David Tripp has been on the move.

In June, he became commander of Troop D and in July, its barrack was relocated to Augusta from Thomaston, which had been its home since 1940.

Tripp, a member of the Maine State Police since 1997, was promoted in June to lieutenant, replacing Gerard Madden, who retired after 26 years of service.

In his 13 years with the state police, Tripp, 45, has ascended through the ranks of trooper, troop investigator, detective with CID II, senior member of the Evidence Response Team, and sergeant. “I don’t feel this agency owes me anything,” he said. “But I feel I owe this agency everything. I feel blessed.”

Twenty-three years ago, Tripp met and rode with a trooper who rented housing from his father. Until that time, Tripp said he had never thought about a career in law enforcement, having a good-paying job at a mill. Tripp vowed that in 10 years he would work for the Maine State Police.

“Nine years and 10 months later I filled out an application,” said Tripp, who lives in Monroe.

Tripp remembered he was 46th on the list for 42 class spots at the Maine Criminal Justice Academy. After several candidates elected not to attend, Tripp was eligible. And he has made the most of the opportunity.

“I do think it was advantageous coming in with some age and some ground-level experience,” said Tripp, who graduated from Mount View High School and worked part-time for the Belfast Police Department and Waldo County Sheriff’s Office. “It made a big difference for me.”

As for the barrack move, Tripp said it’s unfortunate that the Thomaston facility, which has considerable historical significance to the Maine State Police, has closed. “A lot of people who helped make the Maine State Police what it is started there,” he said. “That is disheartening.”

With that said, Tripp said the move presents opportunities. In this economy, he said, any cost-savings that result from the closure are beneficial.

He also likes that the Troop D barrack at 36 Hospital St. is close to the crime lab and that the move has resulted in troopers’ having more opportunity to network face to face with Criminal Division officials and others, which translates into a better ability to solve crimes.

The economy has cut into training opportunities for personnel, and Tripp said a peer development program has been instituted “to train [troopers] to prepare to be as successful as we can be and provide customers with the best quality service,” he said.

Troopers with specialty strengths are matched with others for cross-training and troopers also shadow and assist experts in CID and the Computer Crimes Task Force, then bring what they learn back to the troop.

The troops need all the help they can get, said Tripp, who noted the continuing spike in the volume of calls for service.

In 2006, Tripp said, 24 troopers in Troop D, which covers Sagadahoc, Lincoln, Waldo and Knox counties, the southern half of Kennebec County, part of northern Cumberland County and Interstate 295 from Brunswick to Gardiner, received 8,500 calls for service.

In 2009, 25 troopers in the same troop responded to 13,570 calls for service.

Many of those calls, he said, were property crimes and crimes against people. “A lot of time is being absorbed with criminal investigations,” said Tripp.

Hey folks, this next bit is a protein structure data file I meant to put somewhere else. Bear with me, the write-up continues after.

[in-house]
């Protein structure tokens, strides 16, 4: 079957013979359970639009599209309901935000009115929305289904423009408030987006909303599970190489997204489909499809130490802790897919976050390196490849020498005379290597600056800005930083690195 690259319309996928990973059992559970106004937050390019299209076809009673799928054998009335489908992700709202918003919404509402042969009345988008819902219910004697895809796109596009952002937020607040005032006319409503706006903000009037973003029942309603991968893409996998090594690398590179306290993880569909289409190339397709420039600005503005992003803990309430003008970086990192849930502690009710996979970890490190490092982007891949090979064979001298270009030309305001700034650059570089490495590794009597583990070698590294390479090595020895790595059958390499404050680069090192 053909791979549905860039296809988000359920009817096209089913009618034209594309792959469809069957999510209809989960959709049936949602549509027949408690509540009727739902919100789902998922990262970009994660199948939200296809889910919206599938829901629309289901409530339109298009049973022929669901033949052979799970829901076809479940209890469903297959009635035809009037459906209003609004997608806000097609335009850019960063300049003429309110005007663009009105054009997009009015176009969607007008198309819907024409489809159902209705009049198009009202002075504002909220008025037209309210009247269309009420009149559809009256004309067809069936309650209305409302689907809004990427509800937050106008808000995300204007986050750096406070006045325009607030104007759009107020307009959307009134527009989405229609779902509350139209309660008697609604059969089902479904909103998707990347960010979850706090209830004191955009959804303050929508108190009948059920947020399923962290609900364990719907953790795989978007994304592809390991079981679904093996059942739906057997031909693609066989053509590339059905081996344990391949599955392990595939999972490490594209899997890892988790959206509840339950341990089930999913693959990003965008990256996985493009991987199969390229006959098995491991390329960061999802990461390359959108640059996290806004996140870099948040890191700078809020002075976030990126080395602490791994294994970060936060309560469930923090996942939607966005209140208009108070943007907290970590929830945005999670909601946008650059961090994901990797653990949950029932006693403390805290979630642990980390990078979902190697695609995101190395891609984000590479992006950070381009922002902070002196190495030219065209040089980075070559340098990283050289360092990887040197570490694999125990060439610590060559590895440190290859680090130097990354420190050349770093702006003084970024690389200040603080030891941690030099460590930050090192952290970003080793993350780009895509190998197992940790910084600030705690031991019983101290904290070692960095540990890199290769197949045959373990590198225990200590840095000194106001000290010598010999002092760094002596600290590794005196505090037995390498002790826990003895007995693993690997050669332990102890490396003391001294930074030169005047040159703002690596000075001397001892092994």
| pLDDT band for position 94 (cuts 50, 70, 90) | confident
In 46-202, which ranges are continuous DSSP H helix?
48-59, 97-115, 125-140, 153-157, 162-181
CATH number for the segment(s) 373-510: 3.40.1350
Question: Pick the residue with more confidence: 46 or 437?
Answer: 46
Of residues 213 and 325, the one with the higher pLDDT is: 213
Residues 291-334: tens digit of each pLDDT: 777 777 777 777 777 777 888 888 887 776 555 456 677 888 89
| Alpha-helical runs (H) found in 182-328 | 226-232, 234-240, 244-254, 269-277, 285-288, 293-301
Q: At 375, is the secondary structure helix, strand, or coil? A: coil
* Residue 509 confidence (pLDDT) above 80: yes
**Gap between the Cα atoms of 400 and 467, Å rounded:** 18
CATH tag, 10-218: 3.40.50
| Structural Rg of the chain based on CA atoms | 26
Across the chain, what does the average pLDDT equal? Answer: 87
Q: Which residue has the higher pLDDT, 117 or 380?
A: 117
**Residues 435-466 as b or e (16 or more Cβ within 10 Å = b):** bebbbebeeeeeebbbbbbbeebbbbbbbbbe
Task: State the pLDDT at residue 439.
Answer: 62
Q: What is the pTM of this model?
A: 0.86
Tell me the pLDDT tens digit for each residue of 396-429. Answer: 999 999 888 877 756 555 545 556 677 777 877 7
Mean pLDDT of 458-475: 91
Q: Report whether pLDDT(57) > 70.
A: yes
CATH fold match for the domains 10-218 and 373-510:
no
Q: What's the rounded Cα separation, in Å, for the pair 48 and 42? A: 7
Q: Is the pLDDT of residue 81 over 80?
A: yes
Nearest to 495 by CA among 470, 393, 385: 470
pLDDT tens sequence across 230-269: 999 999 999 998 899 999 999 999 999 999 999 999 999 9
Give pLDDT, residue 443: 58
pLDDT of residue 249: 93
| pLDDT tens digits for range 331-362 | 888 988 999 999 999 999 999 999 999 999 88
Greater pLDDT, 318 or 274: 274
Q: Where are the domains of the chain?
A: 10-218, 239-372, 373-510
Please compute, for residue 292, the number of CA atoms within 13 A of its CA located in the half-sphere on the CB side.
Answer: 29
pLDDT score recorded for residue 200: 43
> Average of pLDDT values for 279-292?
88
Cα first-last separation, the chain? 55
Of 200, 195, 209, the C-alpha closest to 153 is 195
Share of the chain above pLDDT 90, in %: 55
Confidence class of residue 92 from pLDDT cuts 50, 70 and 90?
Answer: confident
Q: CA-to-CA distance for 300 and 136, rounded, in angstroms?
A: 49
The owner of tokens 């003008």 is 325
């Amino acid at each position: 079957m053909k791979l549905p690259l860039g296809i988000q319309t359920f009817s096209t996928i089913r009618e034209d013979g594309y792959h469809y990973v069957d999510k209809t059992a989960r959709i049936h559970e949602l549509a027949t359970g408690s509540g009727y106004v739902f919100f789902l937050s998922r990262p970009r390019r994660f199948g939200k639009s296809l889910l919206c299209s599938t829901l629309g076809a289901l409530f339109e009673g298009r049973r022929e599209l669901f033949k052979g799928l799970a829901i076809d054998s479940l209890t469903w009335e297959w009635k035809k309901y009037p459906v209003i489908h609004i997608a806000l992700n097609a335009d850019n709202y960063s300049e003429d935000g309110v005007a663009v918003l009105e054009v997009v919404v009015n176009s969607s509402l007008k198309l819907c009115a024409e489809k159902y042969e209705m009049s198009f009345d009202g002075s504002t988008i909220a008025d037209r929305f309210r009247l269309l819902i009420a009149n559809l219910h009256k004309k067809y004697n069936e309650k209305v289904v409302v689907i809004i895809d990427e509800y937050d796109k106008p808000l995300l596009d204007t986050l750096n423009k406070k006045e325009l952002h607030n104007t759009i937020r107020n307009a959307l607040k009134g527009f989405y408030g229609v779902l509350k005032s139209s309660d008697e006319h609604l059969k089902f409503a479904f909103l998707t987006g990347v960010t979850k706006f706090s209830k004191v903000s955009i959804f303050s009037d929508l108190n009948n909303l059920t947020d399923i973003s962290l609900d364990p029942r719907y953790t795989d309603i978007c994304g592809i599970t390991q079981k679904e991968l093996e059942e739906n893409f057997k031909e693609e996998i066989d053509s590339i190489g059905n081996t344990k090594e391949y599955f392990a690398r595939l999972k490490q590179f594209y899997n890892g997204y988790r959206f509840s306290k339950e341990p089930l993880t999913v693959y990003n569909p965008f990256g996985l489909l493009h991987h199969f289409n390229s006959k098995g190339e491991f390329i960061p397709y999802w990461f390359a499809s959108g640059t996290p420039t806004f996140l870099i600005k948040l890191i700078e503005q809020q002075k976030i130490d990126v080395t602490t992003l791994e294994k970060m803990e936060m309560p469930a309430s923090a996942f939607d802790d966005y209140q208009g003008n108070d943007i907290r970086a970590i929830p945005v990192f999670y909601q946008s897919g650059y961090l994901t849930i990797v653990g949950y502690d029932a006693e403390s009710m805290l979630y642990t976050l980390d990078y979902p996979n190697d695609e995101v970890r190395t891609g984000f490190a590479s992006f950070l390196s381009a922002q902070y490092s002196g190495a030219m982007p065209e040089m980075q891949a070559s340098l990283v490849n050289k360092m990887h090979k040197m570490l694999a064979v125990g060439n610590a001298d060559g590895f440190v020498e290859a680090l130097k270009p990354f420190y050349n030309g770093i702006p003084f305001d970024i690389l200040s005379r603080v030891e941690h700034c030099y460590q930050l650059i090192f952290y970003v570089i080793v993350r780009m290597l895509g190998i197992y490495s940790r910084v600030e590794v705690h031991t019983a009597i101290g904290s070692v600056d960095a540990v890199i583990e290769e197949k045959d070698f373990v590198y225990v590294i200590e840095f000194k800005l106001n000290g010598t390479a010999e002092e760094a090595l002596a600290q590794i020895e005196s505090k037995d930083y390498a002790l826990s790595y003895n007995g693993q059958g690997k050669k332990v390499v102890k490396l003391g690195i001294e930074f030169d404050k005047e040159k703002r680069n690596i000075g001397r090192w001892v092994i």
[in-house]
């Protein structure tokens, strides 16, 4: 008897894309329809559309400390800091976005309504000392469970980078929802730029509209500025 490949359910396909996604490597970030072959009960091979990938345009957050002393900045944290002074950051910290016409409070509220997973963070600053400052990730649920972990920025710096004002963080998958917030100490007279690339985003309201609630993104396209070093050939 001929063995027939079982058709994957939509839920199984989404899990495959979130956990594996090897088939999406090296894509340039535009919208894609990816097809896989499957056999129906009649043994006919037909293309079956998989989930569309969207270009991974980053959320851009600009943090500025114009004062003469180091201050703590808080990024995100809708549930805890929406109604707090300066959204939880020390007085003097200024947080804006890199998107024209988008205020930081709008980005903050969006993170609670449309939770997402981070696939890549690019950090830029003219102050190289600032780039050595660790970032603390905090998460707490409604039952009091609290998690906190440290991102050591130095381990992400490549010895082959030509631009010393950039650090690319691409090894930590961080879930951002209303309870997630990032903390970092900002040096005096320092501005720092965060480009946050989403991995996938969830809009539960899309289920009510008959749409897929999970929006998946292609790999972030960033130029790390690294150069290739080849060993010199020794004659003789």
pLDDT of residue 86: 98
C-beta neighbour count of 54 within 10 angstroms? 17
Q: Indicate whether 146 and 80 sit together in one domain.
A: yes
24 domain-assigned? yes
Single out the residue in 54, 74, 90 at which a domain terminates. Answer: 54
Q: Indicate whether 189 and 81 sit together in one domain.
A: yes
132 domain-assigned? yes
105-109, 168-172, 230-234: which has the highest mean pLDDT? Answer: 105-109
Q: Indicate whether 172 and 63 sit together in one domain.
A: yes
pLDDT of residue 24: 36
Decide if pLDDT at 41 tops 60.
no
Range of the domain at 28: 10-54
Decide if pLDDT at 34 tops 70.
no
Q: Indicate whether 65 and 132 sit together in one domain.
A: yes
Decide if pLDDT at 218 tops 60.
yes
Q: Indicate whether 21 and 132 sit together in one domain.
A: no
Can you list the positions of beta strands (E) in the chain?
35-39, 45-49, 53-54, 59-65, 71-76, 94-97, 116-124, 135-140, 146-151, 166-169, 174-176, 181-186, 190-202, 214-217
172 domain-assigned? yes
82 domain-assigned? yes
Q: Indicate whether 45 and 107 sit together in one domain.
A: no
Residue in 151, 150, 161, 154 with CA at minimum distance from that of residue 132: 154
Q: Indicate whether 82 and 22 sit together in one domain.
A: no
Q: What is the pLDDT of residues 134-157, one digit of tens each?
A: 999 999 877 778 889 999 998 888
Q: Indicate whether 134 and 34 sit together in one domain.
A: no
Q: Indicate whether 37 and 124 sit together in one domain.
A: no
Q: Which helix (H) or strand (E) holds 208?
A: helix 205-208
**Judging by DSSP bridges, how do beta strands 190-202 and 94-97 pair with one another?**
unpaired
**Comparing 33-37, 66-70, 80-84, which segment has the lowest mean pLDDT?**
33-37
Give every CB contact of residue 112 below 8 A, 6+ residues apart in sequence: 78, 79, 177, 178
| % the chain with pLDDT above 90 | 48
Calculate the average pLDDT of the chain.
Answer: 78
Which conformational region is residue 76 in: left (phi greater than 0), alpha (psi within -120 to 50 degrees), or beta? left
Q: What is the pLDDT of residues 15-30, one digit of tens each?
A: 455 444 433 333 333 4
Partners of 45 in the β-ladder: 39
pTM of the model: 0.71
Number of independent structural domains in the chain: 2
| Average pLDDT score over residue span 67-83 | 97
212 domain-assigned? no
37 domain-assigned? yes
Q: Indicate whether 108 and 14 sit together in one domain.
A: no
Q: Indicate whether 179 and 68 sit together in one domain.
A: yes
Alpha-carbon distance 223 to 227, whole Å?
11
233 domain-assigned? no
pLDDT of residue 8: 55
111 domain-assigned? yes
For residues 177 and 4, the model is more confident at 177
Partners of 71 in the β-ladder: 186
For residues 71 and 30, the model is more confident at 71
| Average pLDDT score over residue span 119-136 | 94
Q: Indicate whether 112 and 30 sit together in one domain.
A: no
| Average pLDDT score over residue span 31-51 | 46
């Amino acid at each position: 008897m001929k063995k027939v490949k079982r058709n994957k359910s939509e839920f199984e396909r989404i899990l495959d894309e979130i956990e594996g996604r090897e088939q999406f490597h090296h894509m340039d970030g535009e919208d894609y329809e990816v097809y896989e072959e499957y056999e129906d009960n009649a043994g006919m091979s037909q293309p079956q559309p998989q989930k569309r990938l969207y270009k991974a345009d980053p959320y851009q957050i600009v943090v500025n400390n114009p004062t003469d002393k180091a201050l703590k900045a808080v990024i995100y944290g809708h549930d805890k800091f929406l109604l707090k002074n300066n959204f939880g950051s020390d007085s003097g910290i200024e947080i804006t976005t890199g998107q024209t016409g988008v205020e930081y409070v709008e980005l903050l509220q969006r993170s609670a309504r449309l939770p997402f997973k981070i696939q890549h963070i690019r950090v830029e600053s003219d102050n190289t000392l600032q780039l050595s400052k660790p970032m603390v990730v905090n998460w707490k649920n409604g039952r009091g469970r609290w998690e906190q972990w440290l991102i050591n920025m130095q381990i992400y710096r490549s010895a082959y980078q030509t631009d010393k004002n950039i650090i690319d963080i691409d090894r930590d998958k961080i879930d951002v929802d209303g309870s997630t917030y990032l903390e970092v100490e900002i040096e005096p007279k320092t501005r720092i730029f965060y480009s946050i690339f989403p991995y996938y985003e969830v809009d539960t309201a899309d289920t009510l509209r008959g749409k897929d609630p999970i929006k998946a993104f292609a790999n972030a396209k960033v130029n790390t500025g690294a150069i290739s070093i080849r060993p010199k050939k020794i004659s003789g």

Troop D, said Tripp, has four members having 13 or more years of service and the majority of the troop has less than that, many considerably less. “We’re young and energetic and forward-thinking,” he said.

In addition to Tripp as lieutenant, Troop D consists of Sgts. Tom Ballard, Jeff Mills and Michael Field and Troopers Mark Barney, Jeremiah Wesbrock, Jonah O’Roak, Jonathan Russell, Ryan Brockway, Greg Stevens, Eric Verhille, Tim Black, Chris Crawford, Greg Vrooman, James Leonard, Bethany Couturier, Donald Webber, Shawn Porter and K9 Tex, Robert Cejka and K9 Charlie, Patrick Munzing, Scott Quintero, Adam McNaughton, Patrick Hood, Corey Smith and K9 Cody, Luke Cunningham, Elisha Fowlie, Jason Madore, Chris Rogers and Jon Leach. Administrative assistant Ruth Willis, who had worked with nine lieutenants, recently retired after nearly 28 years of service.

Specialties of troopers and sergeants include being members of the tactical team, K-9 team, bomb team, dive team and evidence recovery team, as well as being crisis negotiators, crash reconstructionists, firearms Instructors and drug recognition experts.

In addition to investigations of domestic violence, child abuse, sexual assaults, Internet fraud, burglary, theft, criminal mischief, drug investigations and traffic fatalities, Tripp said the troop emphasizes OUI enforcement, seat belt enforcement and aggressive driving enforcement, as those save lives.

Tripp said he is also proud of the relationships forged and good work done as part of the school safety program, in which troopers visit schools to get to know students and staffs and familiarize themselves with the layouts of facilities in case of a crisis. “We want children to be able to go to school and be safe,” he said.

For people interested in joining the Maine State Police, Tripp said the agency is looking for people to model the agency’s core values of integrity, fairness, compassion and excellence. Candidates should have clean records, strong work ethics, loyalty, dedication and a desire to serve the agency and the citizens of Maine. “We are a full-service agency,” he said.

To reach the Augusta barrack, call 624.8947 or 800.339.0819, or call Public Safety at 800.452.4664. For more information, visit Troop D on Facebook.